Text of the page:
email a friend
printable version
NT
Shelley's Eagle-owl Bubo shelleyi

Justification
This species is listed as Near Threatened because it is suspected to have a moderately small population which may be in decline owing to the clearance of its habitat for timber and agriculture. However, further information is required on habitat trends and population structure.

Taxonomic source(s)
del Hoyo, J.; Collar, N. J.; Christie, D. A.; Elliott, A.; Fishpool, L. D. C. 2014. HBW and BirdLife International Illustrated Checklist of the Birds of the World. Barcelona, Spain and Cambridge UK: Lynx Edicions and BirdLife International.

Distribution and population
Bubo shelleyi is a large, rare forest owl known from scattered locations from Sierra Leone to northern Democratic Republic of Congo (DRC) (Borrow and Demey 2001). It is known from the following sites: Gola (Sierra Leone); Lofa-Mano, Mt Nimba, Zwedru, Balagizi Mts (Liberia); Taï, Mt Nimba (contiguous with Mt Nimba in Liberia) (Côte d'Ivoire); Ghana (two old records only; Grimes 1987); 'south' Cameroon (Borrow and Demey 2001); Ipassa Strict Nature Reserve (Gabon); Dimonika Biosphere Reserve (Congo); Okapi Faunal Reserve (DRC). B. shelleyi is the largest African forest owl, and may thus require large areas of good quality habitat and thus have a small population, possibly below 10,000 individuals.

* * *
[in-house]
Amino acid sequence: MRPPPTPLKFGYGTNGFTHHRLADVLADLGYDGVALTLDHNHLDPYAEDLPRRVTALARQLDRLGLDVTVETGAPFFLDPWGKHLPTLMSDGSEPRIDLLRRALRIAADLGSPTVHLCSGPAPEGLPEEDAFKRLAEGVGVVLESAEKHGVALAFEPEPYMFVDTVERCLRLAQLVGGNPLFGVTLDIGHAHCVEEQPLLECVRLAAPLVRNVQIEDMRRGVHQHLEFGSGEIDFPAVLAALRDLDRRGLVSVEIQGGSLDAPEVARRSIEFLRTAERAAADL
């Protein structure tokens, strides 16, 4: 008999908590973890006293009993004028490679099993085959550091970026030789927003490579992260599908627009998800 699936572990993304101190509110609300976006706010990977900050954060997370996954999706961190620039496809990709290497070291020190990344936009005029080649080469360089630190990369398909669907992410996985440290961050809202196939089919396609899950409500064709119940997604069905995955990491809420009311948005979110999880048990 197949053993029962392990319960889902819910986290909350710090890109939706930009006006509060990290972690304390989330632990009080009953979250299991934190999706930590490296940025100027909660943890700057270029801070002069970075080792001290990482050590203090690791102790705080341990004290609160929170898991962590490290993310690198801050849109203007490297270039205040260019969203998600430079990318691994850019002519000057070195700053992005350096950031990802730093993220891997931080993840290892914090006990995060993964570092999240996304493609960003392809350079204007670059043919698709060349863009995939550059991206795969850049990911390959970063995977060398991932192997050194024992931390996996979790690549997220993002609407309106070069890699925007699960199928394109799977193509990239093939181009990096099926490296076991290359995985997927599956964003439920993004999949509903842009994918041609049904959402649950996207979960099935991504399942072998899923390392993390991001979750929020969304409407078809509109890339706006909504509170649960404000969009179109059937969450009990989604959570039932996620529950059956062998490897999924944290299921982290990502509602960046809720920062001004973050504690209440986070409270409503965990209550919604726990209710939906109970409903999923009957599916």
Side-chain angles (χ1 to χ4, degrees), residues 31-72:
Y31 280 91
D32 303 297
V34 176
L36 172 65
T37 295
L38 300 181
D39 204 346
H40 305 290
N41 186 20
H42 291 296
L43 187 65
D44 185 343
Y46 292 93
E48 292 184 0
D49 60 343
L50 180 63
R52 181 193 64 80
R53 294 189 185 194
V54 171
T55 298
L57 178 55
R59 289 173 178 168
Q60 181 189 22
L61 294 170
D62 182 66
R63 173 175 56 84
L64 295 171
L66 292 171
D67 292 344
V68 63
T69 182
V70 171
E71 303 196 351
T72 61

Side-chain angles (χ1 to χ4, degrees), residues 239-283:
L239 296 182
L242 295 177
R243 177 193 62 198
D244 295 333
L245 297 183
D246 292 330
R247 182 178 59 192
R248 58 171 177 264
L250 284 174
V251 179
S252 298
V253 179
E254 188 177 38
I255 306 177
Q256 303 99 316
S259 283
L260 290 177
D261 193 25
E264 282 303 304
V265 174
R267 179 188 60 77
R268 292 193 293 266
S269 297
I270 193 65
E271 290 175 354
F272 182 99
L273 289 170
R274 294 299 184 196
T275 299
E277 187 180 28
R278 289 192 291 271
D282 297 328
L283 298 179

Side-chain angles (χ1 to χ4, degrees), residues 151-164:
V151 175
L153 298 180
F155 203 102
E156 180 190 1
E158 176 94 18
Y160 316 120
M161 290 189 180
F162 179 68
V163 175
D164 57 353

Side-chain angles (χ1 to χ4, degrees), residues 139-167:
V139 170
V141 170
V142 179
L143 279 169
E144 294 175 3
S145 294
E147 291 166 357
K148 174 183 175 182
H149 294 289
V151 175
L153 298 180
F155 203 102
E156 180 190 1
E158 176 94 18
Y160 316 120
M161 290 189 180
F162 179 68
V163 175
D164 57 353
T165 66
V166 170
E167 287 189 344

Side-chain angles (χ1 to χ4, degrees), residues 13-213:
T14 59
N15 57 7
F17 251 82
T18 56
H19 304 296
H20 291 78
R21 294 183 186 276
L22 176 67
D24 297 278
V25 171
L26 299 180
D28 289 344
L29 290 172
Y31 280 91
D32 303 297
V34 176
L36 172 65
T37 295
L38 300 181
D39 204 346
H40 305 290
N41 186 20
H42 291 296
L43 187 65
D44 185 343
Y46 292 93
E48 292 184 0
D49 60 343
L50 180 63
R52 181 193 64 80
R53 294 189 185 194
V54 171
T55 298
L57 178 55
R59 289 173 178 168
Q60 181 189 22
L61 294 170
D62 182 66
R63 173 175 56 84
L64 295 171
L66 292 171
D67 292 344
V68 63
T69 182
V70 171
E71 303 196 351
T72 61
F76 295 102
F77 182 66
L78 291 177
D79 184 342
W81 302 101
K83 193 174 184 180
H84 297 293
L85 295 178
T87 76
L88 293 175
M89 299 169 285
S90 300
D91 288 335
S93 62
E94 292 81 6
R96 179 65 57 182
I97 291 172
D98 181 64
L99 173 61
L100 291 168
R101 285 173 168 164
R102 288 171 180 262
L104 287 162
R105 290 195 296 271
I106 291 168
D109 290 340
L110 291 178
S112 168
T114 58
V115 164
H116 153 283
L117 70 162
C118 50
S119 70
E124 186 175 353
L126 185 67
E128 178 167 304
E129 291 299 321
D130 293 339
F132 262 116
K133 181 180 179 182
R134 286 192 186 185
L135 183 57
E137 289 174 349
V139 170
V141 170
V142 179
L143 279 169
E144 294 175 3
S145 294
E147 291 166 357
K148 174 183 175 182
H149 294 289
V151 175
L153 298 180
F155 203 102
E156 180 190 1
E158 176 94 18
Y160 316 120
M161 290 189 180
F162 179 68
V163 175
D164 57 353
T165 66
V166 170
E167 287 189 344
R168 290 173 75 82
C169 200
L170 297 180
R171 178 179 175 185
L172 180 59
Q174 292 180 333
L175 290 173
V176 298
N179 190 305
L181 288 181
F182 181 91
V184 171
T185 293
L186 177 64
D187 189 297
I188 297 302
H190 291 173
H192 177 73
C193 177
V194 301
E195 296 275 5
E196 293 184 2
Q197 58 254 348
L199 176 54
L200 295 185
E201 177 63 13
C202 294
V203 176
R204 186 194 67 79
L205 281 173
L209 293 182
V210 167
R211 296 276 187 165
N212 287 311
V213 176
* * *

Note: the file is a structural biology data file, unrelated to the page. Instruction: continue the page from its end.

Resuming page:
Population justification
This species may require large areas of good quality habitat and thus have a small population, possibly below 10,000 individuals. It is placed in the band 2,500-9,999 individuals, equating to 1,667-6,666 mature individuals, rounded here to 1,500-7,000 mature individuals.

Trend justification
The population is suspected to be declining owing to high rates of forest clearance within parts of its range.

Ecology
It is one of the most poorly known owls in Africa, and its ecology and behaviour are largely unknown (Koenig 1999); it has been recorded from inside forest, on forest edge and in clearings, in lowland areas (del Hoyo et al. 1999; Fry et al. 1988). Its full range of vocalisations have not been documented (Chappuis 2000), which is probably a factor in the paucity of records. It has been observed eating a large flying squirrel, and its large size and powerful feet suggest a diet of medium-sized to large prey (Fry et al. 1988). A captive bird required c.110 g of flesh per day (Fry et al. 1988). The timing of breeding is not clear; although intense calling has been noted in March, nestlings have been seen in September-November and fledged juveniles have been observed, or possibly observed, in December (del Hoyo et al. 1999; Fry et al. 1988).

Threats
The Upper Guinea forests are being cleared at a very high rate and the forests of Cameroon and much of Central Africa are also likely to suffer reductions in area and quality over the next few decades.

Conservation Actions Underway
It is known from several protected areas. However, no targeted conservation action is known for this species. Conservation Actions Proposed